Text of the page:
licensed establishments to vary drink prices and provide
"happy hour" pricing at different times throughout the
day; however, happy hour prices cannot go below prescribed minimums
and must be set in advance;
businesses that retail or manufacture alcoholic beverages to
market their wares in a broader range of venues (for example,
retail liquor stores can now apply for permits entitling them to
sell alcohol at food and beverage festivals for off-site
consumption, and vintners, brewers and distillers can now apply to
sell their beverages at farmers markets);
liquor primary establishments to allow parents to bring minors
into their establishments for family dining before 10 p.m.
(requiring designation by the General Manager ["GM"] of
the Liquor Control and Licensing Board ["LCLB"] as a
"Family Foodservice" establishment); and
Family Foodservice establishments (along with others approved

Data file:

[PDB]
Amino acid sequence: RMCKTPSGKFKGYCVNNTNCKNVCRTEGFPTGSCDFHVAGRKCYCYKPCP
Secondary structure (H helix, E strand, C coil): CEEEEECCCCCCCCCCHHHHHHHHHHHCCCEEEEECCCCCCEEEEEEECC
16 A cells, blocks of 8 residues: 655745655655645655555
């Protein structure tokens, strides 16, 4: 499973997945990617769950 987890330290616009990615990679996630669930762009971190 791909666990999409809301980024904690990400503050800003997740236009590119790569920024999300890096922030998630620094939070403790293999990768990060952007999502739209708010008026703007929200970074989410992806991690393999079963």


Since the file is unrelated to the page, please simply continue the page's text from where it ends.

by the GM of the LCLB) to hire minors to work in their
establishments in positions where they do not sell or serve
You can learn more about the LCLB's list of recently
implemented policy directives here.
While the new laws reflect a loosening of provincial rules
regarding the service and selling of alcohol, compliance will still
be strictly enforced. Employers operating Family Foodservice
establishments, in particular, will have to pay close attention to
scheduling and ensure all employees are aware of the limits on work
performed by minors.
The recent amendments are but a few of the intended changes to
B.C.'s liquor regime. Among other things, new and varied
training requirements for the serving and selling of alcohol are on
the horizon, which employers will want to ensure are quickly and
diligently implemented for compliance purposes.
We will keep you apprised of further developments.
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Two recent decisions from the Supreme Court of Canada directly affect Quebec's farm businesses by confirming La Financière Agricole du Québec's discretion in the administration of the farm income stabilization program...
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